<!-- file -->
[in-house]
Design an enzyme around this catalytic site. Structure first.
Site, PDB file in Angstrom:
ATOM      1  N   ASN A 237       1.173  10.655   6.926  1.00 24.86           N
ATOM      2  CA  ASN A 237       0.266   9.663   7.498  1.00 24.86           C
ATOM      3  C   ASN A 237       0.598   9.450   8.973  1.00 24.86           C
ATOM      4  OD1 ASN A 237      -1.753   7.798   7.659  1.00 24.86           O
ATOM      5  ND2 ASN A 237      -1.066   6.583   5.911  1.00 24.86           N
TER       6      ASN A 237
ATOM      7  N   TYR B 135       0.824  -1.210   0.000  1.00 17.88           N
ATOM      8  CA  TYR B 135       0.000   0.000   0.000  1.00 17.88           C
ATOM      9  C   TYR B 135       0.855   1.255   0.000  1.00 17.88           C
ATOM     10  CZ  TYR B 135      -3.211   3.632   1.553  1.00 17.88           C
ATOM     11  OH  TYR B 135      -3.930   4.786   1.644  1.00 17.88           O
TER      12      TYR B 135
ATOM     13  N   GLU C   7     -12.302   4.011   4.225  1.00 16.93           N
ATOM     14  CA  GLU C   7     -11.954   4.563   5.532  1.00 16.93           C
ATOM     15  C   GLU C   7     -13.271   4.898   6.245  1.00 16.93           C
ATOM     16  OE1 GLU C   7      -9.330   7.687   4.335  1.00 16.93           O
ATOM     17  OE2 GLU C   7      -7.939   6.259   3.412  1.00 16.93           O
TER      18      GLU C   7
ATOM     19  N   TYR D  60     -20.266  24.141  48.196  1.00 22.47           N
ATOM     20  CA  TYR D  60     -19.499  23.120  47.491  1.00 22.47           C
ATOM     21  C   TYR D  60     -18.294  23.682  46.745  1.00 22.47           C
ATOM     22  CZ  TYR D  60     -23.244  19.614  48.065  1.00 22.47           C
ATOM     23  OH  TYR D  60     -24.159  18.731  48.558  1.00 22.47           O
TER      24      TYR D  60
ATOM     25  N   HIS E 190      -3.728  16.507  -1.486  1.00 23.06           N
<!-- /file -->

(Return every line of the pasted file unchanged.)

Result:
[in-house]
Design an enzyme around this catalytic site. Structure first.
Site, PDB file in Angstrom:
ATOM      1  N   ASN A 237       1.173  10.655   6.926  1.00 24.86           N
ATOM      2  CA  ASN A 237       0.266   9.663   7.498  1.00 24.86           C
ATOM      3  C   ASN A 237       0.598   9.450   8.973  1.00 24.86           C
ATOM      4  OD1 ASN A 237      -1.753   7.798   7.659  1.00 24.86           O
ATOM      5  ND2 ASN A 237      -1.066   6.583   5.911  1.00 24.86           N
TER       6      ASN A 237
ATOM      7  N   TYR B 135       0.824  -1.210   0.000  1.00 17.88           N
ATOM      8  CA  TYR B 135       0.000   0.000   0.000  1.00 17.88           C
ATOM      9  C   TYR B 135       0.855   1.255   0.000  1.00 17.88           C
ATOM     10  CZ  TYR B 135      -3.211   3.632   1.553  1.00 17.88           C
ATOM     11  OH  TYR B 135      -3.930   4.786   1.644  1.00 17.88           O
TER      12      TYR B 135
ATOM     13  N   GLU C   7     -12.302   4.011   4.225  1.00 16.93           N
ATOM     14  CA  GLU C   7     -11.954   4.563   5.532  1.00 16.93           C
ATOM     15  C   GLU C   7     -13.271   4.898   6.245  1.00 16.93           C
ATOM     16  OE1 GLU C   7      -9.330   7.687   4.335  1.00 16.93           O
ATOM     17  OE2 GLU C   7      -7.939   6.259   3.412  1.00 16.93           O
TER      18      GLU C   7
ATOM     19  N   TYR D  60     -20.266  24.141  48.196  1.00 22.47           N
ATOM     20  CA  TYR D  60     -19.499  23.120  47.491  1.00 22.47           C
ATOM     21  C   TYR D  60     -18.294  23.682  46.745  1.00 22.47           C
ATOM     22  CZ  TYR D  60     -23.244  19.614  48.065  1.00 22.47           C
ATOM     23  OH  TYR D  60     -24.159  18.731  48.558  1.00 22.47           O
TER      24      TYR D  60
ATOM     25  N   HIS E 190      -3.728  16.507  -1.486  1.00 23.06           N